Organized labor got an understandable scare when the Supreme Court, on June 30, in yet another 5-4 decision, ruled (in Harris vs. Quinn) that home healthcare employees can’t be forced to pay union dues, even if they have benefited from union representation. No surprise that those comprising the majority were Justices Scalia, Alito, Kennedy, Roberts and Thomas. The Gang of Five.
However, what worries organized labor most—what has put them on alert—isn’t the Harris vs. Quinn decision so much as the potential snowball effect it may have on the landmark Abrood vs. Detroit Board of Education decision (1977), a ruling which maintained that “fair share” requirements were constitutional. But that was way back in 1977, when unions were still recognized as vitally important social-economic institutions.
Alas, things have changed. There is now a predatory anti-union movement loose upon the land, one that is going around telling working folks that they deserve a free ride. These anti-union fiends are telling workers who voluntarily hired into union shops (because of the superior wages, benefits and working conditions) that they don’t have to pay their fair share—that they don’t have to pay dues to the very union who fought to get them these superior wages and benefits.
Nutty as that sounds, these anti-union fanatics have not only tried to make this a bogus First Amendment issue, they have, in fact, managed to get some intelligent people to listen to them, including the conservative wing of the Supreme Court. Of course, one can guess what organized labor’s position is on this issue. Their position is defined by a bedrock adherence to a sense of fair play.
All one need do is look at the numbers. With barely 11-percent of all jobs in the U.S. being unionized, a non-union job is incredibly easy to find. You throw a rock and you’ll hit a non-union job. Accordingly, people who, for whatever philosophical reason, are opposed to unions will have more than enough jobs to choose from. In fact, with so few union jobs out there, they will be hard-pressed to find one that is unionized.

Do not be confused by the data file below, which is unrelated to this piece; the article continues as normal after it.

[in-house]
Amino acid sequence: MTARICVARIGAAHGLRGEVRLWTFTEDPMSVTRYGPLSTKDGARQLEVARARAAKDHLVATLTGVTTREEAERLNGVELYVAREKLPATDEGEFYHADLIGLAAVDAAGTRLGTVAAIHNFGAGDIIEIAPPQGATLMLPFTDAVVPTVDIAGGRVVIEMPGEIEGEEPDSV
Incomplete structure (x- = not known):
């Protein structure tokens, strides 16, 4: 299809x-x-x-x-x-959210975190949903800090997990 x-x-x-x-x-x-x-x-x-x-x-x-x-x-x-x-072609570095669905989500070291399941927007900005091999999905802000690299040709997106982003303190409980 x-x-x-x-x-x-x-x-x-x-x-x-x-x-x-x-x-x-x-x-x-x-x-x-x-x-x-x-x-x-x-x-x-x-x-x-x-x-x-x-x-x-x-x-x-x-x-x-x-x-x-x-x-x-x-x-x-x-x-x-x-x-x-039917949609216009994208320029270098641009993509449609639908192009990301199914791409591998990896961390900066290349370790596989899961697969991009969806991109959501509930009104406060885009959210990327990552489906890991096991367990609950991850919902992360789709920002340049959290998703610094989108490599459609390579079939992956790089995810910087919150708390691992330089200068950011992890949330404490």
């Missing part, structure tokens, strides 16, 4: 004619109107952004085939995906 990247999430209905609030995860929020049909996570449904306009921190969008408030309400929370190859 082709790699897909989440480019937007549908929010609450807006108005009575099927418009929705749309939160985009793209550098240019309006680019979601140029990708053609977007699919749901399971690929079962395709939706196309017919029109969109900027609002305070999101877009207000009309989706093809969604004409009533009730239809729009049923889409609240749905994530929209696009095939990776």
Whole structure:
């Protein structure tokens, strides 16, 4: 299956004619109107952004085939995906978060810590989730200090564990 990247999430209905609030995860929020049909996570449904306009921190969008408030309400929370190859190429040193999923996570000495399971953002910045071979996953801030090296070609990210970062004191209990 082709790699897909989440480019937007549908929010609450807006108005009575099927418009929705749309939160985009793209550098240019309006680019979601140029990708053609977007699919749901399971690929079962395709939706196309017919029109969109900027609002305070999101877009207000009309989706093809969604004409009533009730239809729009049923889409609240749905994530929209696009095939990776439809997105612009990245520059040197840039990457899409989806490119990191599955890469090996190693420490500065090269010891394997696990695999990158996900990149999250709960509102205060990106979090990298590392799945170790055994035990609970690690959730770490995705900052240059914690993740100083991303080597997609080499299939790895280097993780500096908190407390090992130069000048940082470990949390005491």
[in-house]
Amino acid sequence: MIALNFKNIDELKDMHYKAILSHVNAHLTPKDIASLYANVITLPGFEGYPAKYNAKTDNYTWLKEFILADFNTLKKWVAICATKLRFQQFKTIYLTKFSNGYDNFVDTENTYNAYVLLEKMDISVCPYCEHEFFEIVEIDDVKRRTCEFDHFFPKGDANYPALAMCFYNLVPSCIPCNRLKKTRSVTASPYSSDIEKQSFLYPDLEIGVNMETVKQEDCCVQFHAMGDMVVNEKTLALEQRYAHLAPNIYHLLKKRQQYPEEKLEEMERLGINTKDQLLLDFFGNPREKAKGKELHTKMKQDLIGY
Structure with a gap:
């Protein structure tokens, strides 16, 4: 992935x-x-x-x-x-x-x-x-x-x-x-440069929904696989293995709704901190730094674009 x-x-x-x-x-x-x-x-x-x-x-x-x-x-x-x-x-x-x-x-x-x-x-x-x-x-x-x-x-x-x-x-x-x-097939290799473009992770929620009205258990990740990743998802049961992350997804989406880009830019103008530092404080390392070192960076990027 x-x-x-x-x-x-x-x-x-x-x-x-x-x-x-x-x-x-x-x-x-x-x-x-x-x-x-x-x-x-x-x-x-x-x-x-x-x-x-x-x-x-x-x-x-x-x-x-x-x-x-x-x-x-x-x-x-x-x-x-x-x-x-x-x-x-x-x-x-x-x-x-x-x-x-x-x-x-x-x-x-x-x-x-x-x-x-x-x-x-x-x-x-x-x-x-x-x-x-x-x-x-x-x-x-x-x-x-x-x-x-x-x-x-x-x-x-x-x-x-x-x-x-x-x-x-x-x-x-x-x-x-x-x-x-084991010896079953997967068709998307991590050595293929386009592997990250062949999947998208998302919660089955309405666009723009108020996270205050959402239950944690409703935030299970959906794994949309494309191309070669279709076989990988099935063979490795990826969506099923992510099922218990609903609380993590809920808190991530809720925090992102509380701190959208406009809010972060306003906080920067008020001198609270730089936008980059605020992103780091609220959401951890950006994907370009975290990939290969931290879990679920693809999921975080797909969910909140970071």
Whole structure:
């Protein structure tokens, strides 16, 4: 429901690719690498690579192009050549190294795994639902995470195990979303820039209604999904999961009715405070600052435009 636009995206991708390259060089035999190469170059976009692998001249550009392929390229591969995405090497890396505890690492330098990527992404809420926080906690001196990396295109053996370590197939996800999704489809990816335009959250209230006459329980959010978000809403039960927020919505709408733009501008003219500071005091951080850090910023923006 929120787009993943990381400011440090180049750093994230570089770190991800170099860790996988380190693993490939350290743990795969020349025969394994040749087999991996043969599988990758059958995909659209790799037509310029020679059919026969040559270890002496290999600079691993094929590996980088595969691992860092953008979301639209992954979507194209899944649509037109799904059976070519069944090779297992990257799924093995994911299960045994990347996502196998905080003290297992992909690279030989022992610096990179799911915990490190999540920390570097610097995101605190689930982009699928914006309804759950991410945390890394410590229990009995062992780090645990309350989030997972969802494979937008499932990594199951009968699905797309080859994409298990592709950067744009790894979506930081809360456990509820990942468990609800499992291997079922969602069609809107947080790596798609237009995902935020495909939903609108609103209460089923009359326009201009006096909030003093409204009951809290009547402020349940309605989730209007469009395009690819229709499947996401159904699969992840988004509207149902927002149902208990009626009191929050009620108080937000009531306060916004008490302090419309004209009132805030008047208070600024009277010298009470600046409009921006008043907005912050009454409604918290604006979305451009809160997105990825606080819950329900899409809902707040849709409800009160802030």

But if these philosophically opposed Americans voluntarily choose a union job over a non-union job (because union jobs across the board—industry to industry, shop to shop—offer better wages, benefits and working conditions), it’s only fair they be asked to pay their share of the freight. Let’s be honest here. Not only would those wages and bennies not be available if it weren’t for the union, they were the sole reason why they chose a union job over a non-union job.
Yet, in a world seemingly turned upside down, these people are being told otherwise. They are being told that, despite the benefits their labor union was able to negotiate, the U.S. Constitution dictates that these workers don’t have to pay their fair share. Basically, they’re being told that the U.S. Constitution has a built-in “non-accountability” clause that none of us ever heard of, not until Ronald Reagan was elected president.
Of course, this issue is dripping with irony. The Republicans have a history of opposing social welfare (food stamps, stipends, government subsidies), arguing that such programs only encourage deadbeats. Yet, irony of ironies, here they are urging people to “go on welfare” by burying their snouts in the union trough. Idea for James Cameron’s next movie: “Terminator 4: Rise of the Freeloaders.”
David Macaray is a labor columnist and author (“It’s Never Been Easy: Essays on Modern Labor, 2nd Edition). email@example.com